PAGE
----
With an accountable allowance, employers still pay their employees for the business use of their personal vehicles. However, this program also requires driving employees to track their mileage. No, those monthly stipends are tied to the mileage logs the drivers submit. If the amount they receive each month is above the IRS rate, only the amount over the rate is taxable. Let’s look at an example. 

Florence is a sales rep for a machinery company. In one month she drives 700 miles. Her monthly allowance is $575. Multiplying her monthly mileage by the IRS mileage rate of 62.5 cents per mile, up to $437.5 of her stipend won’t be taxed. The remaining $137.5 will still be taxed as additional income.  

Problems with an Accountable Allowance 

There are a few major problems with an accountable allowance, or “federal mileage allowance” if we want to call it that. Let’s take a look at another example.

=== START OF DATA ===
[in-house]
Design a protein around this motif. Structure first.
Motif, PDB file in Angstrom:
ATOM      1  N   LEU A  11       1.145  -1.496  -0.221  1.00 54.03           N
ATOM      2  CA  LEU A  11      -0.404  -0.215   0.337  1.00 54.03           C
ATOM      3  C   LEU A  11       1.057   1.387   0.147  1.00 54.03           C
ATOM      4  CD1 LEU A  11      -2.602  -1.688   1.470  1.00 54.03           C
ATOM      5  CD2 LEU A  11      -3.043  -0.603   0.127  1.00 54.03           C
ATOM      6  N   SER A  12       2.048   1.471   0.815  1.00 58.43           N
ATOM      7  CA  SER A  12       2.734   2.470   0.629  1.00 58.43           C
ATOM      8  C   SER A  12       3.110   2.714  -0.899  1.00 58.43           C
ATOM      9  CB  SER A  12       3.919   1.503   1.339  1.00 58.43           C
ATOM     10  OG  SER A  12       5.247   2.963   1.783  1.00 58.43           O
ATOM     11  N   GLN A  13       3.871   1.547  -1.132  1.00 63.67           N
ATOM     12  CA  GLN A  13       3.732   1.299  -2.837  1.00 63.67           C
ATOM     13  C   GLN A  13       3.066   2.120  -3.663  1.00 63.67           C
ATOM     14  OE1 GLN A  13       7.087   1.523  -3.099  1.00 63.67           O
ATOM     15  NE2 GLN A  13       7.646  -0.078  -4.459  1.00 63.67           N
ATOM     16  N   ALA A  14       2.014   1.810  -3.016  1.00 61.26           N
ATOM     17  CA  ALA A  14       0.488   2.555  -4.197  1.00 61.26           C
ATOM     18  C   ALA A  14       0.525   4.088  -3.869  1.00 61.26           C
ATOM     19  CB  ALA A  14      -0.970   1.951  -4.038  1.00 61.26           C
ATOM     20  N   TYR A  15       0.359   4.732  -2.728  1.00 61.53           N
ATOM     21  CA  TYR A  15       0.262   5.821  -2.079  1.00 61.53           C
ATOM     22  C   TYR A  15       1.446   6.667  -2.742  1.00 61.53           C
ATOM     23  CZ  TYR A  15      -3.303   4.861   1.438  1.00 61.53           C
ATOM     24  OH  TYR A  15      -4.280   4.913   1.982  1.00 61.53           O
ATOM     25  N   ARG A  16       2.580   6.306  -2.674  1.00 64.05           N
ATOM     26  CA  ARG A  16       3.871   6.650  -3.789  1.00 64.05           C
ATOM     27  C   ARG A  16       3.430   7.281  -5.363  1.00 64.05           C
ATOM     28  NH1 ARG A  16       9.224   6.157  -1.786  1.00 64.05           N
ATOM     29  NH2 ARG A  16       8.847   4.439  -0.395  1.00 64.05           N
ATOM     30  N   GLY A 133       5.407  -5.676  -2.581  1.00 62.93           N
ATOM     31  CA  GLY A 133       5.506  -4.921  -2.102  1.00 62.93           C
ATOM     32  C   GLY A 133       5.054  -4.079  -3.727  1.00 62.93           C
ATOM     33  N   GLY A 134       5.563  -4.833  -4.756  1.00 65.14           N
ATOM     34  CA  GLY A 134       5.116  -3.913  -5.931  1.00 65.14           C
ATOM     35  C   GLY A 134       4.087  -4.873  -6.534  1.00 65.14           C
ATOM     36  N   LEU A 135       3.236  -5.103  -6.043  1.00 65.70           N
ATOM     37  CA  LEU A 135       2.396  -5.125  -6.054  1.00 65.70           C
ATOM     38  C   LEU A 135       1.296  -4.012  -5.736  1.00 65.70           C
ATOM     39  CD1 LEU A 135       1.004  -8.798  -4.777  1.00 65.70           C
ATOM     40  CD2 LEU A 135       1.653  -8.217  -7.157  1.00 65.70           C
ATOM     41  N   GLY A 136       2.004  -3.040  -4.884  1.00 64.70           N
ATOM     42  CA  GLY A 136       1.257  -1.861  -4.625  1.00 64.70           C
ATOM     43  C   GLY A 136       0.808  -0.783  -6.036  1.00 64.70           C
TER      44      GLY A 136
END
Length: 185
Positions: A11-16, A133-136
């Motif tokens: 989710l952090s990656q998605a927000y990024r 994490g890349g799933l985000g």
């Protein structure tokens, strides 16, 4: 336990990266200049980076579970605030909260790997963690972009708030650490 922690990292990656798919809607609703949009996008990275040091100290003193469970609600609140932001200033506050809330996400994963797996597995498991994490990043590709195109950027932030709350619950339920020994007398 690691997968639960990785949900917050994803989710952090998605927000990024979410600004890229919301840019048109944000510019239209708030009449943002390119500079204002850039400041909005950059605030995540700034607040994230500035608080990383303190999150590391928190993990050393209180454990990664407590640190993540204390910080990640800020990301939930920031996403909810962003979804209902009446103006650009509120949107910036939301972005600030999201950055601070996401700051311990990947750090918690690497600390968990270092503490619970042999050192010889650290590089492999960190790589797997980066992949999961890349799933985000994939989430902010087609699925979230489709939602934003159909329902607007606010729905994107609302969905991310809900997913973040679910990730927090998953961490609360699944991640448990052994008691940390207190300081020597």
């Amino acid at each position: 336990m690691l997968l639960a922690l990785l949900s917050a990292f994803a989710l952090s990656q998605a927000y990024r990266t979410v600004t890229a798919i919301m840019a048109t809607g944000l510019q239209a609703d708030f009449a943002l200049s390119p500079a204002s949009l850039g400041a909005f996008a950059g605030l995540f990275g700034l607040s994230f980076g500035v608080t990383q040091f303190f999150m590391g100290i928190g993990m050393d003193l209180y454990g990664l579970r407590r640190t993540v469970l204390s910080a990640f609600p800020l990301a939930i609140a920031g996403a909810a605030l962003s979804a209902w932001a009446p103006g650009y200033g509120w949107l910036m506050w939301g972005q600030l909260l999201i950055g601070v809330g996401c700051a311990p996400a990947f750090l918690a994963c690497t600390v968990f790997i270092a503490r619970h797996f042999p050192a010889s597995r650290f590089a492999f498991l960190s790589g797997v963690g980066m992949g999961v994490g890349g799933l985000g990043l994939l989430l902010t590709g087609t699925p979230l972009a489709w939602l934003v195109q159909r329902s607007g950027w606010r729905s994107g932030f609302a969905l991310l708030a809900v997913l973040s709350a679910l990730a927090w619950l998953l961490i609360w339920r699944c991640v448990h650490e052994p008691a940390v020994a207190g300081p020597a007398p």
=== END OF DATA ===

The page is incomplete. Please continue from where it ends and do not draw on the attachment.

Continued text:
In a particularly busy month, Florence drives a wild 1400 miles. Multiplying that number by the 2022 IRS rate, we find two things. The good news is, all of her stipend will be tax free for the month! The bad news is, her stipend of $575 does not cover the costs of driving for that month. For context, she would be receiving $875 with a typical mileage reimbursement. 

Employees that don’t receive adequate reimbursement quickly become disincentivized to drive additional mileage. To avoid disgruntled mobile workers, companies may look for solutions like fuel cards. Unfortunately, that creates more problems than it solves. 

Another issue with an accountable allowance, or any allowance, is it fails to reimburse employees for the costs specific to their area. An employee in a lower cost state like Kansas may be content with their stipend while an employee on the same stipend in a higher cost area like New York will struggle with theirs. If a company already requires its driving employees to record their mileage, shouldn’t they just use a more accurate reimbursement like mileage reimbursement?